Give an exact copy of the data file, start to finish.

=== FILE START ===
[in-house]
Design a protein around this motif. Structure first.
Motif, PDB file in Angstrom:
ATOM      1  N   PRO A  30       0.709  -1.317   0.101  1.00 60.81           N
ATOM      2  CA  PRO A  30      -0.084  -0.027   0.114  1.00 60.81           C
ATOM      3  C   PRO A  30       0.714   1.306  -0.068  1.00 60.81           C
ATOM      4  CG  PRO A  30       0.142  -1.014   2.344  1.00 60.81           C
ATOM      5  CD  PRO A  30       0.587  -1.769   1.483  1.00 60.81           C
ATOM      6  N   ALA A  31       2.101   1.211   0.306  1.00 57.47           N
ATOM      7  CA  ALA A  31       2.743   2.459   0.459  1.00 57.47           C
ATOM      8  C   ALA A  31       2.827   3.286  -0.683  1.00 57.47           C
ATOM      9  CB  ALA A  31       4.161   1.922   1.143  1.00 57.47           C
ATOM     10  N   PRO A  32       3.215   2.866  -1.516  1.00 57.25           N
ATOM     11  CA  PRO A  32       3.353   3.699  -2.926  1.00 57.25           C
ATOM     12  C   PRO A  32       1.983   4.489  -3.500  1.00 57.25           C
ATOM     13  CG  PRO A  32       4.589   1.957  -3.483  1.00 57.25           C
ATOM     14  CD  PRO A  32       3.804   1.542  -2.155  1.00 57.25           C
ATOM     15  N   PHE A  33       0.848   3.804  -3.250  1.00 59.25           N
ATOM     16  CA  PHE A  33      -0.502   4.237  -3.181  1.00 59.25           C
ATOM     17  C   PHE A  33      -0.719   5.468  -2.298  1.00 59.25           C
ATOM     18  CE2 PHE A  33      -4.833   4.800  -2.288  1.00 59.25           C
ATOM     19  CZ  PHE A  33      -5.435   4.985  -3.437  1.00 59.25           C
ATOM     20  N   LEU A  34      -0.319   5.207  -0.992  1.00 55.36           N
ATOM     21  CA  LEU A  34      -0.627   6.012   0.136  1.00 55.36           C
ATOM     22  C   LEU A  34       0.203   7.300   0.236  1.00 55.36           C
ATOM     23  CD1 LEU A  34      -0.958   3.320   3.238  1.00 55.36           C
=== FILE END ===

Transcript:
[in-house]
Design a protein around this motif. Structure first.
Motif, PDB file in Angstrom:
ATOM      1  N   PRO A  30       0.709  -1.317   0.101  1.00 60.81           N
ATOM      2  CA  PRO A  30      -0.084  -0.027   0.114  1.00 60.81           C
ATOM      3  C   PRO A  30       0.714   1.306  -0.068  1.00 60.81           C
ATOM      4  CG  PRO A  30       0.142  -1.014   2.344  1.00 60.81           C
ATOM      5  CD  PRO A  30       0.587  -1.769   1.483  1.00 60.81           C
ATOM      6  N   ALA A  31       2.101   1.211   0.306  1.00 57.47           N
ATOM      7  CA  ALA A  31       2.743   2.459   0.459  1.00 57.47           C
ATOM      8  C   ALA A  31       2.827   3.286  -0.683  1.00 57.47           C
ATOM      9  CB  ALA A  31       4.161   1.922   1.143  1.00 57.47           C
ATOM     10  N   PRO A  32       3.215   2.866  -1.516  1.00 57.25           N
ATOM     11  CA  PRO A  32       3.353   3.699  -2.926  1.00 57.25           C
ATOM     12  C   PRO A  32       1.983   4.489  -3.500  1.00 57.25           C
ATOM     13  CG  PRO A  32       4.589   1.957  -3.483  1.00 57.25           C
ATOM     14  CD  PRO A  32       3.804   1.542  -2.155  1.00 57.25           C
ATOM     15  N   PHE A  33       0.848   3.804  -3.250  1.00 59.25           N
ATOM     16  CA  PHE A  33      -0.502   4.237  -3.181  1.00 59.25           C
ATOM     17  C   PHE A  33      -0.719   5.468  -2.298  1.00 59.25           C
ATOM     18  CE2 PHE A  33      -4.833   4.800  -2.288  1.00 59.25           C
ATOM     19  CZ  PHE A  33      -5.435   4.985  -3.437  1.00 59.25           C
ATOM     20  N   LEU A  34      -0.319   5.207  -0.992  1.00 55.36           N
ATOM     21  CA  LEU A  34      -0.627   6.012   0.136  1.00 55.36           C
ATOM     22  C   LEU A  34       0.203   7.300   0.236  1.00 55.36           C
ATOM     23  CD1 LEU A  34      -0.958   3.320   3.238  1.00 55.36           C